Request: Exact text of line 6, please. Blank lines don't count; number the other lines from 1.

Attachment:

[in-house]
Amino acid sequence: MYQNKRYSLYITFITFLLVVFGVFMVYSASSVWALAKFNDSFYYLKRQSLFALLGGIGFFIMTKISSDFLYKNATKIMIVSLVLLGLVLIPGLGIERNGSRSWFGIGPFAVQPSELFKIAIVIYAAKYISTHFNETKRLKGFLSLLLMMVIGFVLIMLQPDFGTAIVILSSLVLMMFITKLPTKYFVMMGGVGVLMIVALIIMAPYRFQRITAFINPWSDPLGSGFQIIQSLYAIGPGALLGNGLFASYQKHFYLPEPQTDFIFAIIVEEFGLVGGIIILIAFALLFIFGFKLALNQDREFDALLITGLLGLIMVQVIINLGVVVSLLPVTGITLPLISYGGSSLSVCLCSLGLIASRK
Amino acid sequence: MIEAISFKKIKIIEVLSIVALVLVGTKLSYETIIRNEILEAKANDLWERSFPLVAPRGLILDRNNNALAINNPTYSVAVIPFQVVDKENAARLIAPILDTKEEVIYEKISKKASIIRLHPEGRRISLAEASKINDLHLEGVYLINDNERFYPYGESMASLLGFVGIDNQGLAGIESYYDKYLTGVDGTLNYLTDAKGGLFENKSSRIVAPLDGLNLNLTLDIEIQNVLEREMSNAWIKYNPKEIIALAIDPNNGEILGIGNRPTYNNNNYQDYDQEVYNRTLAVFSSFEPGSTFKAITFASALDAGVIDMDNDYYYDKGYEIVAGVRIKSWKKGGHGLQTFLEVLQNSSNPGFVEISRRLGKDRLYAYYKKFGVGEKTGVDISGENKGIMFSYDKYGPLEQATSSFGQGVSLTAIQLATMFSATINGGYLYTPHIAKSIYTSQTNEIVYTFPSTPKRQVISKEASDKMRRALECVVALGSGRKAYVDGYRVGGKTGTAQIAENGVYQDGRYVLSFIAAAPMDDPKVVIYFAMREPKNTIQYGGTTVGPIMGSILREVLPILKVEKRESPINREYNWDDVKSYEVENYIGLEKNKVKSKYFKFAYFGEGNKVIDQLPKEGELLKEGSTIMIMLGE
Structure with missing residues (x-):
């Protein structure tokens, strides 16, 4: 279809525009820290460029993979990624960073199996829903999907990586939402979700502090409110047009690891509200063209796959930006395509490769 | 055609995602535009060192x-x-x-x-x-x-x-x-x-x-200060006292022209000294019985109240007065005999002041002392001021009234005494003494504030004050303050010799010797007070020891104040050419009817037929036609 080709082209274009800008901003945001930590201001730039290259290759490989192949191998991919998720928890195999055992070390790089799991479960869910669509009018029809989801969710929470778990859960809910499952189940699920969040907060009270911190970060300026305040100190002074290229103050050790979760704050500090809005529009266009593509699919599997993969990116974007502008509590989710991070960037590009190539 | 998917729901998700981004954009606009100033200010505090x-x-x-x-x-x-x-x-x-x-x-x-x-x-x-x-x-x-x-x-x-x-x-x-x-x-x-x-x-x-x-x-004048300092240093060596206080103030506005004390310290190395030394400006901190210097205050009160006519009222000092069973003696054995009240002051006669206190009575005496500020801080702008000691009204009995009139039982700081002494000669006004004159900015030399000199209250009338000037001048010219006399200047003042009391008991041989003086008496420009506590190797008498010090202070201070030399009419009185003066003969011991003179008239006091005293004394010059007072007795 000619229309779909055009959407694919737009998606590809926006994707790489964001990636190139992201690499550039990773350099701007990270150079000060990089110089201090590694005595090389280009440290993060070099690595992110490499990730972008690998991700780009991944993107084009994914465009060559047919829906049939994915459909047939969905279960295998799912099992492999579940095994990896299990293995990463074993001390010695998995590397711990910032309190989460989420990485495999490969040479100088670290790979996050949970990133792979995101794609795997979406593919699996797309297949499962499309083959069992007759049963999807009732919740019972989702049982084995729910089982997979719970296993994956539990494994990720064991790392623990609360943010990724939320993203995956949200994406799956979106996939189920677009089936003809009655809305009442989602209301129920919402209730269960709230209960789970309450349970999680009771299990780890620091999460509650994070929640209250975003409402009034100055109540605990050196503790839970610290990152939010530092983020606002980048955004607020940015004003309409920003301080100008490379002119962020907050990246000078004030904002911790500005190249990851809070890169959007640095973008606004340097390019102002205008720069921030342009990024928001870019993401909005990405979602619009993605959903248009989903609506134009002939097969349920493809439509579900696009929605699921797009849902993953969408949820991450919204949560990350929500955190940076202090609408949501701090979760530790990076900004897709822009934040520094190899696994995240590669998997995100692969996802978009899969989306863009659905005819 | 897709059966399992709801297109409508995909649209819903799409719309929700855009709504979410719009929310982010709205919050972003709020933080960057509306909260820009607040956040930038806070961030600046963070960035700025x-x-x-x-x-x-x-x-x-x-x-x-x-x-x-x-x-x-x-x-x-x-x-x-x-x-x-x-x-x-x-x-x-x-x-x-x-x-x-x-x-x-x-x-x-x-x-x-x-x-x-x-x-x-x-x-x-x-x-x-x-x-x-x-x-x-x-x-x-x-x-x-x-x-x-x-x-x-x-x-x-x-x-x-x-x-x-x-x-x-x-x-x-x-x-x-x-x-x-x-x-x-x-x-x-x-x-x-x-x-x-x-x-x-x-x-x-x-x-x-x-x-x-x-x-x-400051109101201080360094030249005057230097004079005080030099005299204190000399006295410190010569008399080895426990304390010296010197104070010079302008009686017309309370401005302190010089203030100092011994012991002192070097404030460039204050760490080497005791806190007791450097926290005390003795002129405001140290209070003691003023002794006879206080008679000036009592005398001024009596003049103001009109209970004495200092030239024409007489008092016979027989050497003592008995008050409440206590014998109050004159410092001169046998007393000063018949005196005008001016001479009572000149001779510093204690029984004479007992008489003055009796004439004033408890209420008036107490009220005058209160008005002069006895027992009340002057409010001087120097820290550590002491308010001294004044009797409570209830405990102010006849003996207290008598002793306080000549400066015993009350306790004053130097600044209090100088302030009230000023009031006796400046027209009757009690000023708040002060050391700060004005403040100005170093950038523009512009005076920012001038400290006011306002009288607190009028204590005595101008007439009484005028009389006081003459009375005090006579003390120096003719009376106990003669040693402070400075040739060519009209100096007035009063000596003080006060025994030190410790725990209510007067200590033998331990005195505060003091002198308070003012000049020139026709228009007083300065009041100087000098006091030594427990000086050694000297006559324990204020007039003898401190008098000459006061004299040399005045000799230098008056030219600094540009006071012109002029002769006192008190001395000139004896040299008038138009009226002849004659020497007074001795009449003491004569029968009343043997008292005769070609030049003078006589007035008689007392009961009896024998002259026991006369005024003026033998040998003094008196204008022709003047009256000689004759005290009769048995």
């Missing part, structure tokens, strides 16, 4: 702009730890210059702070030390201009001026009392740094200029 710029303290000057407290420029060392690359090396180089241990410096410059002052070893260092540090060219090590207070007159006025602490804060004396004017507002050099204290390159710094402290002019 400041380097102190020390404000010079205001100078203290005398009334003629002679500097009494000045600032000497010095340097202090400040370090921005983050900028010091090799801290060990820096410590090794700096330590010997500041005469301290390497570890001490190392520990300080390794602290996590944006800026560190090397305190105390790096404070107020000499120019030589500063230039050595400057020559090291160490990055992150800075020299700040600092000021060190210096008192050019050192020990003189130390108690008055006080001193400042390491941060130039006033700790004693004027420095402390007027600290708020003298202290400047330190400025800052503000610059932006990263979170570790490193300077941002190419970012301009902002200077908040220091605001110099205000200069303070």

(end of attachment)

């Missing part, structure tokens, strides 16, 4: 702009730890210059702070030390201009001026009392740094200029 710029303290000057407290420029060392690359090396180089241990410096410059002052070893260092540090060219090590207070007159006025602490804060004396004017507002050099204290390159710094402290002019 400041380097102190020390404000010079205001100078203290005398009334003629002679500097009494000045600032000497010095340097202090400040370090921005983050900028010091090799801290060990820096410590090794700096330590010997500041005469301290390497570890001490190392520990300080390794602290996590944006800026560190090397305190105390790096404070107020000499120019030589500063230039050595400057020559090291160490990055992150800075020299700040600092000021060190210096008192050019050192020990003189130390108690008055006080001193400042390491941060130039006033700790004693004027420095402390007027600290708020003298202290400047330190400025800052503000610059932006990263979170570790490193300077941002190419970012301009902002200077908040220091605001110099205000200069303070």